shadow of high rises. A slice of land that reveals a rare streak of honesty in
an area that developed too fast: outside Lower Parel’s gated colonies are
streets so narrow that fire brigade tenders struggle to get through. Below the
glass towers with bath tubs is an acute water shortage.
“Cover it up,” yelled a local Shiv Sainik. He was pointing to a heap of trash with rats scampering on it. That’s the last thing the residents of the chawl, slotted for redevelopment, wanted Arvind Sawant to see. Instead, they wanted to create an orange wonderland and young men on imperfectly balanced staircases wedged little orange flags in exposed pipes. Women buried flags in plant pots and some secured them on the clotheslines with pegs. A group of boys whose game of cricket had been interrupted were unfolding yards of orange fabric to drape over the one-storey that had been built in 1936.
Nobody was paying attention the trash except for maybe the rats.
Children plucked petals of marigold, its orange and yellow looked like confetti. The shakha pramukh, local in-charge, in an orange Adidas baseball hat authorised three women to perform the aarti. An ardent supporter in black and orange trainers who claimed nobody in the chawl had felt the impact of demonetisation had organised three garlands and had high hopes.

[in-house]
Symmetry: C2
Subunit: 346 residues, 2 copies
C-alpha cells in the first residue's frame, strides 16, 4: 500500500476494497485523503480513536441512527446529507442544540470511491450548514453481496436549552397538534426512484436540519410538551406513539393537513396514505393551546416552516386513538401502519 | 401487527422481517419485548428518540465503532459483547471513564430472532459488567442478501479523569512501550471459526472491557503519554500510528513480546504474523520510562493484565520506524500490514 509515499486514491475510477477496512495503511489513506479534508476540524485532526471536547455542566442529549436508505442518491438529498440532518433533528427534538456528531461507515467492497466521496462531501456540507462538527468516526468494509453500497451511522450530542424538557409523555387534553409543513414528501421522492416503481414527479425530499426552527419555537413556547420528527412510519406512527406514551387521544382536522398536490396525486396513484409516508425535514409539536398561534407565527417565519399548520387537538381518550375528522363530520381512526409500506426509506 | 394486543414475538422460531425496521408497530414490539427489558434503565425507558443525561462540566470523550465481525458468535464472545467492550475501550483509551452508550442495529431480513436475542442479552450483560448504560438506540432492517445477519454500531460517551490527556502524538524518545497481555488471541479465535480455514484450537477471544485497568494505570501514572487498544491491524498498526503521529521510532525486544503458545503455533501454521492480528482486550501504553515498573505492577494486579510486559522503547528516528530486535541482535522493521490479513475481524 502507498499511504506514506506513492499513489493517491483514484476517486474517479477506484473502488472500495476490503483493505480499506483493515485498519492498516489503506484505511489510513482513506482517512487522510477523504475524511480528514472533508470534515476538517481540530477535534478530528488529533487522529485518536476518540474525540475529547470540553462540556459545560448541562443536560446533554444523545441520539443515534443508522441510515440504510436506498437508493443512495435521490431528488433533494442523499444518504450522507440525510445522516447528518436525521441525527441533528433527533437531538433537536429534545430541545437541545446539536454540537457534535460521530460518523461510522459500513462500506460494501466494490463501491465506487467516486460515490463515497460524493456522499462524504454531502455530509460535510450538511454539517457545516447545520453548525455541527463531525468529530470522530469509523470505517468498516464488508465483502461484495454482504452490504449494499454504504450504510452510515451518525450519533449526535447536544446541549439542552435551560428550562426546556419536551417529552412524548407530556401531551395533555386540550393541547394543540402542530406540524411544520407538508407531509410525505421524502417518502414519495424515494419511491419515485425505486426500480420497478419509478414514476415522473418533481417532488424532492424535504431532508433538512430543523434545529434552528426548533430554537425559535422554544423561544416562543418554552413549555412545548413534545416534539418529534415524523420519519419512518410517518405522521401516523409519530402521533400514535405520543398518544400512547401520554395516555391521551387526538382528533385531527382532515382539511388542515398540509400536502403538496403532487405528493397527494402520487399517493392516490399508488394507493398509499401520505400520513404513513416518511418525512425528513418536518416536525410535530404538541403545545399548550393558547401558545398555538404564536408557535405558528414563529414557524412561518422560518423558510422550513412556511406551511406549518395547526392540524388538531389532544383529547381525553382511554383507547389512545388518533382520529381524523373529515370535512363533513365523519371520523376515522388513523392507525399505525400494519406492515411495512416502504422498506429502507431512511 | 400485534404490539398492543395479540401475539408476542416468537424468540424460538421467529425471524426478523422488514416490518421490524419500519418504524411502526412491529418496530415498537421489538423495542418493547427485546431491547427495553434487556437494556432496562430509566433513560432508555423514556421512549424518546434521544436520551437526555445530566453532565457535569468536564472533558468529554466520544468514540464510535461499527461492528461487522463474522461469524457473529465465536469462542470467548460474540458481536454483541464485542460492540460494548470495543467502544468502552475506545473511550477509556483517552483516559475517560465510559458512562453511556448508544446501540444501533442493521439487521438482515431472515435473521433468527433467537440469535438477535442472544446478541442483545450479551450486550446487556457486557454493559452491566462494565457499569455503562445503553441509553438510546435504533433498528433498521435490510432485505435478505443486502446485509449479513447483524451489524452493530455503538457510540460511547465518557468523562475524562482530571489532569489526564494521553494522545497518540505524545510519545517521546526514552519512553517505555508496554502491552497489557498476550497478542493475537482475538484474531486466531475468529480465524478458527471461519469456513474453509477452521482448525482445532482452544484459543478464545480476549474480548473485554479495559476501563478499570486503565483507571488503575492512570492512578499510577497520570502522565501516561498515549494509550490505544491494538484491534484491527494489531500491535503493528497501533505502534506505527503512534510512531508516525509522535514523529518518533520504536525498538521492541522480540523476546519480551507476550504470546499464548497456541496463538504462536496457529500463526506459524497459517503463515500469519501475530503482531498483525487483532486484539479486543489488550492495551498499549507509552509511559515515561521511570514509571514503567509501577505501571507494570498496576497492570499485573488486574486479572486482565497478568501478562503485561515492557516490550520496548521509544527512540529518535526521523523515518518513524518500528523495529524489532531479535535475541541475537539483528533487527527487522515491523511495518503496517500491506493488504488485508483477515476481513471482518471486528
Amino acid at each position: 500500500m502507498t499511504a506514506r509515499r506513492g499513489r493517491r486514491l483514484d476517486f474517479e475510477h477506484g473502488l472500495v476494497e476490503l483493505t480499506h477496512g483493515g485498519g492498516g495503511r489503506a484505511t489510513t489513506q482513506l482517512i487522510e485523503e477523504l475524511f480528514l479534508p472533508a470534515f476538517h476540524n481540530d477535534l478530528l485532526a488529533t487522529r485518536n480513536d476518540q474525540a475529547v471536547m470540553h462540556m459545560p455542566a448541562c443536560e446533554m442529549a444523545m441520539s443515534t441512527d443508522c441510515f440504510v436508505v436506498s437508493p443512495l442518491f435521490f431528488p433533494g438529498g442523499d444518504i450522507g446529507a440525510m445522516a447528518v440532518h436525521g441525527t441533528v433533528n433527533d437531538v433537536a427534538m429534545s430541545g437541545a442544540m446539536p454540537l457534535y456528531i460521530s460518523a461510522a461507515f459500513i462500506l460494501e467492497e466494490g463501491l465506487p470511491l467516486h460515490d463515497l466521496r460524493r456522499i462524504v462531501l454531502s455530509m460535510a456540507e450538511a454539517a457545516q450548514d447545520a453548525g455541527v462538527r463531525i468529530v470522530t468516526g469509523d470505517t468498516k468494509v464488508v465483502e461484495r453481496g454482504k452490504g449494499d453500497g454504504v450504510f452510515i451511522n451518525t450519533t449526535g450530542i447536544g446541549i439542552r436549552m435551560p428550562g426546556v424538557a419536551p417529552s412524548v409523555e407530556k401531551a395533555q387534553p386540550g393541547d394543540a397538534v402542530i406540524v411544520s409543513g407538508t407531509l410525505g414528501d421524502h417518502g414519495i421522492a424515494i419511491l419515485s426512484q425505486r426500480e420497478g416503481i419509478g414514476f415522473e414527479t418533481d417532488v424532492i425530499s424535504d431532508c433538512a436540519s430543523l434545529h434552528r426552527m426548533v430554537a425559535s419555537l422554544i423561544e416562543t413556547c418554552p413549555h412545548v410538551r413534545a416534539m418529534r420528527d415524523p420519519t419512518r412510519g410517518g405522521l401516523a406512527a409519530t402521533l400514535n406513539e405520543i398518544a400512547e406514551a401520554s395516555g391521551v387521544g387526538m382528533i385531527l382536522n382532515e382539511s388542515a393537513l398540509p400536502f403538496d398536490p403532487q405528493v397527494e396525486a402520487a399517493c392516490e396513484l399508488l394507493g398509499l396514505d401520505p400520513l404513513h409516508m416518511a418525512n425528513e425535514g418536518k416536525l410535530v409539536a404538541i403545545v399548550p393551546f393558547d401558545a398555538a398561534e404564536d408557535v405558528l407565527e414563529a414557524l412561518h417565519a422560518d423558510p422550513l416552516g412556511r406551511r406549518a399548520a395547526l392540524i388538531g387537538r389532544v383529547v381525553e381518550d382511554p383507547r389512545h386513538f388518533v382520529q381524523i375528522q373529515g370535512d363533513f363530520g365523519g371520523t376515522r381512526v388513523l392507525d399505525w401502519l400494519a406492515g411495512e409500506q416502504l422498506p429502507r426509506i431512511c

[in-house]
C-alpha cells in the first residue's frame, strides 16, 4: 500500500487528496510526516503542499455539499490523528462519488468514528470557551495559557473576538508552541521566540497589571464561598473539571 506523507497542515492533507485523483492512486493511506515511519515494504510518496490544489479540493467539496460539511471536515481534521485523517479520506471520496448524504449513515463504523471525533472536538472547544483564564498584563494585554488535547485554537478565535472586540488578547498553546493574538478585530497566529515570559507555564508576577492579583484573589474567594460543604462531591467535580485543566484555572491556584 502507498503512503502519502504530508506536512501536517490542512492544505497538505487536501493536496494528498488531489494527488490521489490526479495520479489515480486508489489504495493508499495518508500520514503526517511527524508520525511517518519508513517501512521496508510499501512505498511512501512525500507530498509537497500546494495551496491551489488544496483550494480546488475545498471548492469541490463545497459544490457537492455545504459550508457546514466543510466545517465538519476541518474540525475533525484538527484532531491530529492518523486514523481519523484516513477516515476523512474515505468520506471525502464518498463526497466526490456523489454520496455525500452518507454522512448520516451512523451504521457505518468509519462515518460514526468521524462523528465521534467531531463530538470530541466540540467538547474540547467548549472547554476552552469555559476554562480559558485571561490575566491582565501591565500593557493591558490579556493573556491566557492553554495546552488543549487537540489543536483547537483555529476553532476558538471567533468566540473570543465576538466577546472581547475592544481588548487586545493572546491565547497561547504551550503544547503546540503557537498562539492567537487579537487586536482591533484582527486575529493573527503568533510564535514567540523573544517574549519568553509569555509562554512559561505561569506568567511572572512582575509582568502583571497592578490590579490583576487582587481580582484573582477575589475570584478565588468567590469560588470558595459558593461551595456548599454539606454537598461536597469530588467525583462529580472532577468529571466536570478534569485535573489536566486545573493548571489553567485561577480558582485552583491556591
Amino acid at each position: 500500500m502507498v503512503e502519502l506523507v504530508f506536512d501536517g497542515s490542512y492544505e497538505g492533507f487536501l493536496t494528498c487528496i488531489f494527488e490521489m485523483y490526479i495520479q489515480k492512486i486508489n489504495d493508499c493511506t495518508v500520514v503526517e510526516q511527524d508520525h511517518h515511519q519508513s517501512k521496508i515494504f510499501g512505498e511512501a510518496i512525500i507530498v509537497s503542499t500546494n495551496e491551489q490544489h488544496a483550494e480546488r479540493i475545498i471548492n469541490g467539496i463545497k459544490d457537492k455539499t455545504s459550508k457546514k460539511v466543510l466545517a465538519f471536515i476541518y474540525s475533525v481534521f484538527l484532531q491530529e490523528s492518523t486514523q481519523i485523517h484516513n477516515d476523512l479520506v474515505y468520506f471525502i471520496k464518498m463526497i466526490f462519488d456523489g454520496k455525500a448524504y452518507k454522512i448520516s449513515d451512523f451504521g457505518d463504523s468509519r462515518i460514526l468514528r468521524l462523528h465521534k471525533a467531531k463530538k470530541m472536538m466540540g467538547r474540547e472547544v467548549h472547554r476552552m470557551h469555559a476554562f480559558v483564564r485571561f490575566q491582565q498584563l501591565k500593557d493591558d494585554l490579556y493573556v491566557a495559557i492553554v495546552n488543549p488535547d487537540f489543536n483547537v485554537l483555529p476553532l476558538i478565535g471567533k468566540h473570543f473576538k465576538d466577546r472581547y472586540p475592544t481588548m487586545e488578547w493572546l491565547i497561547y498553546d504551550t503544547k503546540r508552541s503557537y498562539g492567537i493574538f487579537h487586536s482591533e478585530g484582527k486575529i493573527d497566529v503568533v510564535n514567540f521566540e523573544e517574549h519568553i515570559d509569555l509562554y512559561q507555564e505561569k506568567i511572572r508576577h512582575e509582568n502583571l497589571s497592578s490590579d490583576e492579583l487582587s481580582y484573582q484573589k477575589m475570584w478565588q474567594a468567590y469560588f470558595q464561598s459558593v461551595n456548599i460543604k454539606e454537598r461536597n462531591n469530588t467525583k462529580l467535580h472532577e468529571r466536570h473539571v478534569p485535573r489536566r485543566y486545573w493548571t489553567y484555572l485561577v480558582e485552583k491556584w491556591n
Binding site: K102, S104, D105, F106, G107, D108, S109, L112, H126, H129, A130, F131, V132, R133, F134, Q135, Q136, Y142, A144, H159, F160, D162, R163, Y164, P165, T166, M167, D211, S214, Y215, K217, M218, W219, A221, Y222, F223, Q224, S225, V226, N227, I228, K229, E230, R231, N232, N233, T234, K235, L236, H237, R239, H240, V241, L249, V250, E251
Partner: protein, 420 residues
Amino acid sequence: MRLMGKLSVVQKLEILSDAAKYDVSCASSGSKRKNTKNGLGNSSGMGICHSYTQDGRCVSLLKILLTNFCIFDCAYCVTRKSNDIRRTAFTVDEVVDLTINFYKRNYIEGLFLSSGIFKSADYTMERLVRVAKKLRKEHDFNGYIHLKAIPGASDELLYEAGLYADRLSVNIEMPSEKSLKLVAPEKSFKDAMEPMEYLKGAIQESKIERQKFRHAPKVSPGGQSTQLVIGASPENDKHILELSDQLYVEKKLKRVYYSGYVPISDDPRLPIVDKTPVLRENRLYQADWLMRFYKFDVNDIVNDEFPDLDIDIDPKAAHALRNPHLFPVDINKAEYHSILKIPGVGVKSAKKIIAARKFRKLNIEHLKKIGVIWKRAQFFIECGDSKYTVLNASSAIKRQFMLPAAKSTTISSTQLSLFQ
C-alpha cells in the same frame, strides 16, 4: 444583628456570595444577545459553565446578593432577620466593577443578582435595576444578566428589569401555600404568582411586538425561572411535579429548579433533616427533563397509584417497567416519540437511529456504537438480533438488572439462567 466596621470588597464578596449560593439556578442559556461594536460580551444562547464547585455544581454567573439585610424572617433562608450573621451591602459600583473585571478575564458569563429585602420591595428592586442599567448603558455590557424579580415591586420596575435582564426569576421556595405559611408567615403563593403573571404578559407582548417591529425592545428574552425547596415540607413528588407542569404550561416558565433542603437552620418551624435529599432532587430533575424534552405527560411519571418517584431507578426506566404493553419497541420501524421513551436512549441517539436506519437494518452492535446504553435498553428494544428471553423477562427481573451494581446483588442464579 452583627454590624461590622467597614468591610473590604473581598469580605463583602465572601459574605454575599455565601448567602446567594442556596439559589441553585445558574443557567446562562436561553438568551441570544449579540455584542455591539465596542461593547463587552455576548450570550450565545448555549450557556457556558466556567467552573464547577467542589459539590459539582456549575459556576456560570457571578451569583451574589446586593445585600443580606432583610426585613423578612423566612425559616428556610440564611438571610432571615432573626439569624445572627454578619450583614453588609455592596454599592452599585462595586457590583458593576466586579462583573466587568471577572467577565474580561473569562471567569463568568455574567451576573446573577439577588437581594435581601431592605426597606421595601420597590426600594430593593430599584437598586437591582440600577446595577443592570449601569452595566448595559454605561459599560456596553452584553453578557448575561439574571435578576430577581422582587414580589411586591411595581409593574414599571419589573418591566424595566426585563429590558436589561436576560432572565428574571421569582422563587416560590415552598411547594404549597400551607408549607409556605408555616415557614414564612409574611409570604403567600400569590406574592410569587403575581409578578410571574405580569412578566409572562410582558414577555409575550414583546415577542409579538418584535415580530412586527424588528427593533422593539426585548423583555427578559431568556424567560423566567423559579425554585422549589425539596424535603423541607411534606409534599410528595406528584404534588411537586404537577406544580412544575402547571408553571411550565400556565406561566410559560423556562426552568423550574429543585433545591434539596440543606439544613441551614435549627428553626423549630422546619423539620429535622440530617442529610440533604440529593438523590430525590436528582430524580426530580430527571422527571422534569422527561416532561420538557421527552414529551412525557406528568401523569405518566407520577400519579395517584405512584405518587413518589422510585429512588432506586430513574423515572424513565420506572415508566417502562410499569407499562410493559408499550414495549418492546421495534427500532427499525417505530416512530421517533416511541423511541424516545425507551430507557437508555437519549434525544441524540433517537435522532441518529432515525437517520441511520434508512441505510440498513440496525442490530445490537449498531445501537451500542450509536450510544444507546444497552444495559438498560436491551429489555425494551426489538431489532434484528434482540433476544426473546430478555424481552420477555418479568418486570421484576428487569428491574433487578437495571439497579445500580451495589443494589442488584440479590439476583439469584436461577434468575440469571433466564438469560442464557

“He will put up a tower here,” he says.
“An emblem of a better life,” said another pointing to the skyline.
Despite the pace of development in Parel, Sawant has spoken resolutely against the proposed development of Bombay port and got a commitment from Gadkari that all tenants from MbPT land will be rehabilitated. But he was under pressure from Uddhav Thackeray who claimed the city needed more “green lungs, a business hub and an area that will attract tourism.” Despite conflicting aims, in meetings around the city, he assured MbPT tenants that he would take up issues concering them.
By the time the idea of an orange marquee was abandoned, a group of men had gathered around a carrom table. They seemed determined to distance themselves from the hysteria around them. So much had gone wrong, they said, from demonetisation to GST but their real grouse was an older issue.
Panchu Ram, was a young man who grew up knowing life as a cotton mill worker. His father had worked at Piramal and his mother at Phoenix and he had got a job at 18 at Century Mills. Despite meagre pay, the family eked out an honest living until the Datta Samant-led strike of 1982. It was after Samant’s death, said Ram, the goons, Shiv Sena thugs got in the mills and changed the mill workers fate.
“Tall towers will not fill your stomach,” he said. He would vote Congress.
Arvind Sawant’s arrival was first announced by the distant banging of drums, the accompanying melody from a keyboard, both mounted on an autorickshaw. While women chanted, the real attention grabbers were the crackers that exploded next to a fire engine. Soon after, the women started chanting.
We are with you. We are with you.
A man on a mic roused the crowd. The protector of Hindutva is here and Arvind Sawant appeared, hands up, punching the air and flashing a thumb’s up and a grin. He was a people’s man, moving from one crowd to another, accepting one garland and then another and another, unbothered by the weight, preoccupied with feeding little children jaggery.